The speed and anonymity provided by the internet can play fast and loose with journalistic ethics. The internet has created a fourth kind of journalism next to radio, television, and print journalism. Online journalists have received little or no attention from researchers, perhaps because few pure online journalistic efforts exist, compared to the wealth of trivia, entertainment, personal communication and pornography. These bedfellows make adherence to an ethical code all the more necessary, particularly in a time when public trust is in journalism has ebbed.(Yeshua, 2000).
The need for ethics in any human endeavour can never be overemphasized as its helps in moderating moral conduct within a particular profession. In this regards therefore, ethics in both conventional and online journalism is very imperative as it guides journalists and media professionals in going about their professional duties. The ethos of journalistic ethics is as follows:
Accuracy (over speed)
Attribution Or Acknowledgement
ACCURACY (OVER SPEED): The internet has turned breaking news into a den of rumors and false reports. As a result, therefore, online journalists ought to have looked out for this pitfall to ensure they do not follow the trend of posting false information in order to be fresh and timely. Martin Bryant (2016) put this clearly when he said “the people who have earned my respect are the ones that have held back and checked, used multiple sources to confirm my report”. Therefore, because the internet is hostile and is uncontrolled environment, accuracy is one of the ethical considerations over speed in the field of online journalism
TRANSPARENCY: Information shared to the public on the internet by on online journalist should be transparent in order to ensure the credibility of the online journalists. Being transparent by the online journalist is absolutely significant for his profession because the internet is widely open to people from all works of life, as a result, therefore, Martin posit that many large organizations and individuals are being coning of which can tarnish online journalism image.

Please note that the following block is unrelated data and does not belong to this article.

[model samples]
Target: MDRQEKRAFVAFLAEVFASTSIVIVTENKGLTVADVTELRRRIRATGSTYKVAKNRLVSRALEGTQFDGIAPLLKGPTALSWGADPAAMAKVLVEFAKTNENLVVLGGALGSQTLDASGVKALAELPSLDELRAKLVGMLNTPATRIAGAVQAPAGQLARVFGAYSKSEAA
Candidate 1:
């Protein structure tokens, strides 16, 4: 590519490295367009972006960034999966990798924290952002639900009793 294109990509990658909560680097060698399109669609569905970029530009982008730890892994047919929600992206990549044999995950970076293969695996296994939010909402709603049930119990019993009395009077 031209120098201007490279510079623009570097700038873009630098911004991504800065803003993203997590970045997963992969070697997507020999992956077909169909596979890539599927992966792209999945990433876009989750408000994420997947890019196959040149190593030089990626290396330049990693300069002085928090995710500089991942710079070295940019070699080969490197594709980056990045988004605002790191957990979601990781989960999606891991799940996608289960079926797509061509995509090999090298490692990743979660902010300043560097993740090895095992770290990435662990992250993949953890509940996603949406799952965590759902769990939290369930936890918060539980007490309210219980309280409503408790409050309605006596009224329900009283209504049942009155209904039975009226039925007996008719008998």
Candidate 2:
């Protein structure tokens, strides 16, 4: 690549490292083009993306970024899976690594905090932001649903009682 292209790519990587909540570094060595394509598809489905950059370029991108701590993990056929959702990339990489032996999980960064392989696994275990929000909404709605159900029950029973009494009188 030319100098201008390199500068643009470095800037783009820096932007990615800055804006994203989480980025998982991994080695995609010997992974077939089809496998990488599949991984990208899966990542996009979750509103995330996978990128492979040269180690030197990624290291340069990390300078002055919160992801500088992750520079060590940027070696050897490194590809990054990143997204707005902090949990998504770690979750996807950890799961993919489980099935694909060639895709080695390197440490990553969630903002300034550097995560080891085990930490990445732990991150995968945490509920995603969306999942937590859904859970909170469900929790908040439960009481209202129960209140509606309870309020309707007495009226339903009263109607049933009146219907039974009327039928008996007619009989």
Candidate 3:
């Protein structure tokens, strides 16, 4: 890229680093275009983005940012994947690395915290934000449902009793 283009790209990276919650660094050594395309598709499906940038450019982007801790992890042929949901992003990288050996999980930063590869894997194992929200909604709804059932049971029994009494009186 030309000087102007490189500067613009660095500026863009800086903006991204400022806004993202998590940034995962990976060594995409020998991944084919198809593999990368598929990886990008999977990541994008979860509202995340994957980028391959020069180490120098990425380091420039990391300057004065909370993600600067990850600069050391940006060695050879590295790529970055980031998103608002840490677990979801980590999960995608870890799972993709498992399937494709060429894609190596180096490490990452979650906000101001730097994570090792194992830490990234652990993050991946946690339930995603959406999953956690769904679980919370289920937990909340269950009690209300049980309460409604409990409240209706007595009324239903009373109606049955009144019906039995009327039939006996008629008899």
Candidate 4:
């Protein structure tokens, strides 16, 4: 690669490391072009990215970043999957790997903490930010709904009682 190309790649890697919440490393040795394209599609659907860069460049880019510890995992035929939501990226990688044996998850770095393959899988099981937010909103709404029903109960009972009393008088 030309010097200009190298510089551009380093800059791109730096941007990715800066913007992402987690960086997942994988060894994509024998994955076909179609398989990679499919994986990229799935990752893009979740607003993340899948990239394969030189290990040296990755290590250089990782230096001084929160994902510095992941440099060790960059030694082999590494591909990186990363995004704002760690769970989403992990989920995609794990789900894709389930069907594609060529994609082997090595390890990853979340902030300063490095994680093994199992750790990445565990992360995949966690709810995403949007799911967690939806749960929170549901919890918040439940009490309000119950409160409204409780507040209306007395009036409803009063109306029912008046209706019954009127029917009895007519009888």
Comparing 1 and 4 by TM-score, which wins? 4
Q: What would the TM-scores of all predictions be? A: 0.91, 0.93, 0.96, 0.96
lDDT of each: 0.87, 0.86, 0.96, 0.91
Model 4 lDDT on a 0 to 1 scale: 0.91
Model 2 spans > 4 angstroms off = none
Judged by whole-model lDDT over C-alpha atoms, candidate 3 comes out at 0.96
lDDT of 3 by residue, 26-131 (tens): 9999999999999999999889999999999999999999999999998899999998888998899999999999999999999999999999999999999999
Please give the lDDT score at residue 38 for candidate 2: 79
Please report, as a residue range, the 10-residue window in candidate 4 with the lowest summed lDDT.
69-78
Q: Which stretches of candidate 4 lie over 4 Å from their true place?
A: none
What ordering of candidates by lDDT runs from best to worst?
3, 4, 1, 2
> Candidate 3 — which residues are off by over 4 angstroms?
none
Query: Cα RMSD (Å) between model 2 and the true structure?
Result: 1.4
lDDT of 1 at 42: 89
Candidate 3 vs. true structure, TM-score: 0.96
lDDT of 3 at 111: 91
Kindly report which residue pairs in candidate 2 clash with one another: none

ATTRIBUTION OR ACKNOWLEDGEMENT: Attributing sources to news or information by the online journalists is also a good practice which must be practice as regards to ethical consideration in the field of online journalism. Therefore, Martin (2016) says attributing sources is one of the ethical considerations in the field of online journalism.
CORRECTIONS: Martin (2016) says mistakes are inevitable; therefore, it is possible to sometimes have mistakes whether big or small in the online journalism environment. However, it is important to acknowledge such mistakes and make necessary correction accordingly. Furthermore, Martin says acknowledge of mistakes is more honorable than erasing them or pretending it never happen in on line journalism.
OBJECTIVITY: This is one of the need of ethical consideration that an on line journalism has to take cognizance of as Martin (2016) observes that impartiality very important in the field of on line journalism because it helps the on line journalist to be neutral in dealing with sensitive issues that has to do with the public. Therefore, impartiality implies that on line journalist should stay unbiased and be truthful.
TRUTH: According to Asemah (2011) truth is the absolute reality that on line journalism has to consider in his endeavor. They need a firm commitment to the truth. An allegiance to truth is at the base of ethical values. An on line journalist is the one who has respect for and tries to live by the virtues of truth, wisdom, courage, justice and temperance. Therefore, online journalists should seek truth and be honest, fair and courageous in gathering, reporting and interpreting information.
The need for ethical considerations is very paramount to the field of online journalism, such as accountability, Transparency, objectivity, Corrections, attribution or acknowledgement and impartiality, because it helps the online journalists to be accurate or balance in their day –to –day activities. The need for consideration is to help online journalist to stipulate rules, guidelines, norms and principles that would guide the online journalists in making moral decisions. Attempting to gain public acceptance or prevent public outcry.
There is need for ethical consideration in the field of online journalism due to the fact that the internet has gone wild, wild west, because such ethical consideration instills in the online journalist a continuing sensitivity to his every action, to his every decision; it integrates or blends with his total search for truth and it gives him general awareness of himself, others and of the consequences of interpersonal relations. A concern for ethical consideration in on line journalism is the key plank in any on line journalistic platform; it is the alpha and omega of public communication.